9 Grammatical Pitfalls


[ak-nol-ij] /ækˈnɒl ɪdʒ/
verb (used with object), acknowledged, acknowledging.
to admit to be real or true; recognize the existence, truth, or fact of:
to acknowledge one's mistakes.
to show or express recognition or realization of:
to acknowledge an acquaintance by nodding.
to recognize the authority, validity, or claims of:
The students acknowledged the authority of the student council.
to show or express appreciation or gratitude for:
to acknowledge a favor.
to indicate or make known the receipt of:
to acknowledge a letter.
to take notice of or reply to:
to acknowledge a greeting.
Law. to confirm as binding or of legal force:
to acknowledge a deed.
Origin of acknowledge
1475-85; acknowleche, apparently either Middle English aknou(en) to recognize (Old English oncnāwan; see a-1, know1) + -leche noun suffix (Old English *-lǣce, by-form of -lac; cf. knowledge, wedlock); or blend of aknouen and knouleche knowledge; then a- was mistaken for ac-
Related forms
acknowledgeable, adjective
acknowledger, noun
preacknowledge, verb (used with object), preacknowledged, preacknowledging.
reacknowledge, verb (used with object), reacknowledged, reacknowledging.
unacknowledging, adjective
1. concede, confess, grant. Acknowledge, admit, confess agree in the idea of declaring something to be true. Acknowledge implies making a statement reluctantly, often about something previously denied: to acknowledge a fault. Admit especially implies acknowledging something under pressure: to admit a charge. Confess usually means stating somewhat formally an admission of wrongdoing, crime, or shortcoming: to confess guilt; to confess an inability to understand.
1. deny, disclaim, disavow. Unabridged
Based on the Random House Dictionary, © Random House, Inc. 2015.
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Examples from the web for acknowledge
  • But they need to be prepared to acknowledge receipt of those materials in a timely and professional manner.
  • Yet many people in the news media apparently can't bring themselves to acknowledge this simple reality.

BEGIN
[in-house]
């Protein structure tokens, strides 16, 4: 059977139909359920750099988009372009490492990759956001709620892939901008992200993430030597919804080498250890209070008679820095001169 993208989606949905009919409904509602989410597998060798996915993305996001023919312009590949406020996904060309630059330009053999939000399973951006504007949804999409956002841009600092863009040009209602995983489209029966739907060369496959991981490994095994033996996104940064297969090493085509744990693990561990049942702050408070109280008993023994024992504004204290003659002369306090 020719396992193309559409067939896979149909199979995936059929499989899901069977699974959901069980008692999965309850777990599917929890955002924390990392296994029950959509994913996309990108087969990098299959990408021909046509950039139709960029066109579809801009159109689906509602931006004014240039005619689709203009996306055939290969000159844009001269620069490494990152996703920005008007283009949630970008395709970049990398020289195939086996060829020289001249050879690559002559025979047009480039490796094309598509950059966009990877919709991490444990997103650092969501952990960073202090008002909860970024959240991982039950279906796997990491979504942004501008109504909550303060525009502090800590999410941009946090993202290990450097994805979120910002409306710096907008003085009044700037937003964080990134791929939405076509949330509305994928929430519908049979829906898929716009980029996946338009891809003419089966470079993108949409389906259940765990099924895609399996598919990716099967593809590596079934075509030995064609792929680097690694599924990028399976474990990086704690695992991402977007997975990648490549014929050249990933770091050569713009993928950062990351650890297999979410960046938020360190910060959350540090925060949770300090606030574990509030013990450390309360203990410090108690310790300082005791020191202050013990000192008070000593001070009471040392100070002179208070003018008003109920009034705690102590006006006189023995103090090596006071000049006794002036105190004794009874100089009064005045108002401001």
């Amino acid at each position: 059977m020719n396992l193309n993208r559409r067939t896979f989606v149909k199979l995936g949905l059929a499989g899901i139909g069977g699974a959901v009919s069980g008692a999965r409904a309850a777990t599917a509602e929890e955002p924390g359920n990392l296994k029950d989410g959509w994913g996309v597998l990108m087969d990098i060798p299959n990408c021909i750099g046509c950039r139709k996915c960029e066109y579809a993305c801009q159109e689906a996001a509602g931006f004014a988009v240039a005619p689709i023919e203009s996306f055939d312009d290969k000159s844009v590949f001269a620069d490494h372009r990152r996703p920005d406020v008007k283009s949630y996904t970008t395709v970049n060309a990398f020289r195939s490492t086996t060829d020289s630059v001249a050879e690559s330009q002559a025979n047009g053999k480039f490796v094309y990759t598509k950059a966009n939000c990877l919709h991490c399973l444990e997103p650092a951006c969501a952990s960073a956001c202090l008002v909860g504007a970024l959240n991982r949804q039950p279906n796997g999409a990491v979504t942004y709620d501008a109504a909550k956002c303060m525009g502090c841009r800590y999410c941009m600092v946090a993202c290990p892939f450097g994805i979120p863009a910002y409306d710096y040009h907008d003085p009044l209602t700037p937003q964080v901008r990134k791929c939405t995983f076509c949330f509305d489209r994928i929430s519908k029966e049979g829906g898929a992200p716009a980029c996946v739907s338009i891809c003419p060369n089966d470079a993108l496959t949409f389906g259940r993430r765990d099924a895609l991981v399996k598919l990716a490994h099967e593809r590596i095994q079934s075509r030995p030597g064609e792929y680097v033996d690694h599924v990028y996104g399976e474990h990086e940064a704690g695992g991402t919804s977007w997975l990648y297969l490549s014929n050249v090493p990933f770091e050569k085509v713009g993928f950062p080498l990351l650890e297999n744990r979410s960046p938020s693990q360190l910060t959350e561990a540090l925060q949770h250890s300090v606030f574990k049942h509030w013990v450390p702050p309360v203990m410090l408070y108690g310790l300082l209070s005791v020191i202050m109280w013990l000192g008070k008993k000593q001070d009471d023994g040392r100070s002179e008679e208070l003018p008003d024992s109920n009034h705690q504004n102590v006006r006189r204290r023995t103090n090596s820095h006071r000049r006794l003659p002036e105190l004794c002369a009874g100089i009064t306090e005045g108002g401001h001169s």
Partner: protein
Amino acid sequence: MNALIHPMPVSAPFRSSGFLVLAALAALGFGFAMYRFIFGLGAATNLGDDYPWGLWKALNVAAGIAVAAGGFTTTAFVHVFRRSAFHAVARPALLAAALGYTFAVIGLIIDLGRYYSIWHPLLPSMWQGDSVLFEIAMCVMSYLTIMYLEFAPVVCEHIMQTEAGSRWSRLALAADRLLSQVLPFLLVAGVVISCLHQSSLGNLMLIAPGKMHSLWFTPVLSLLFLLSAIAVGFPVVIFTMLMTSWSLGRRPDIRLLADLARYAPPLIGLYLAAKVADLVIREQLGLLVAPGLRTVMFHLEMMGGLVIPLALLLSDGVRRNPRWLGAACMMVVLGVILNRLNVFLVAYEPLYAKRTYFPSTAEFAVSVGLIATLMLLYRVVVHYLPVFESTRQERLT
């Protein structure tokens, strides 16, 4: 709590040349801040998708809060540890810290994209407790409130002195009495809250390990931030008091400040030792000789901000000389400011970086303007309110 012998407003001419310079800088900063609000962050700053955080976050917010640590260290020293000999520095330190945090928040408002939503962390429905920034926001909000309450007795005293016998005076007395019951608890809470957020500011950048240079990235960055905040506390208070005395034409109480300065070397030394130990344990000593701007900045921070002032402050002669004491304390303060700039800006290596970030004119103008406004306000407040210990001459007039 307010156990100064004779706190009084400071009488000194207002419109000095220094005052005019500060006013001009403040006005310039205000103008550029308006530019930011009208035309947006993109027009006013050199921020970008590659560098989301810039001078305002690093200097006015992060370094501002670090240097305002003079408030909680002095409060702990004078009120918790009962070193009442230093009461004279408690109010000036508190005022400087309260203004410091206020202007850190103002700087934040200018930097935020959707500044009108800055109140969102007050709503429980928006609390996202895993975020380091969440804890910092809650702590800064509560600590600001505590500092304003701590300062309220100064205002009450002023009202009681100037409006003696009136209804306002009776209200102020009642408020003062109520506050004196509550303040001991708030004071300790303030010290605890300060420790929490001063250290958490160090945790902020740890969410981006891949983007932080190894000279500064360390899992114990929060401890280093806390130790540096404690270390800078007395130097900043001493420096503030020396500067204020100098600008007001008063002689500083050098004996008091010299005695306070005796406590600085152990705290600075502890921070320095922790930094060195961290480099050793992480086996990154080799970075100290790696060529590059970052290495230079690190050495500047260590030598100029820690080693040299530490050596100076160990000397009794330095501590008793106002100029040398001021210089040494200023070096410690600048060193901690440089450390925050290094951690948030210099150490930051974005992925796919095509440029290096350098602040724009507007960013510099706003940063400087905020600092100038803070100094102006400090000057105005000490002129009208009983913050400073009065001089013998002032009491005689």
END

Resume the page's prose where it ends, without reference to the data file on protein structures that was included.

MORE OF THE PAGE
• Many schools acknowledge holidays in a social studies context.
  • Even die-hard optimists now acknowledge that the ad market is a mess.
  • It is the poisonous elephant in the room that no one will acknowledge.
  • Stadium managers acknowledge that most players prefer grass--if it is in pristine condition.
  • The first step is to acknowledge that you have a problem.
  • Local officials acknowledge the blunder, but they have told reporters that they simply have no money for replacement signs.
  • We regret that we are unable to acknowledge letters.
  • Officials say no decision has been made, but acknowledge wide-ranging talks .
British Dictionary definitions for acknowledge


verb (transitive)
(may take a clause as object) to recognize or admit the existence, truth, or reality of
to indicate recognition or awareness of, as by a greeting, glance, etc
to express appreciation or thanks for: to acknowledge a gift
to make the receipt of known to the sender: to acknowledge a letter
to recognize, esp in legal form, the authority, rights, or claims of
Derived Forms
acknowledgeable, adjective
acknowledger, noun
Word Origin
C15: probably from earlier knowledge, on the model of Old English oncnāwan, Middle English aknowen to confess, recognize
Collins English Dictionary - Complete & Unabridged 2012 Digital Edition
© William Collins Sons & Co. Ltd. 1979, 1986 © HarperCollins
Publishers 1998, 2000, 2003, 2005, 2006, 2007, 2009, 2012
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Word Origin and History for acknowledge

1550s, a blend of Middle English aknow (from Old English oncnawan "understand," from on + cnawan "recognize;" see know) and Middle English knowlechen "admit, acknowledge" (c.1200; see knowledge). In the merger, a parasitic -c- slipped in, so that while the kn- became a simple "n" sound (as in know), the -c- stepped up to preserve, in this word, the ancient "kn-" sound. Related: Acknowledged; acknowledging.

Online Etymology Dictionary, © 2010 Douglas Harper
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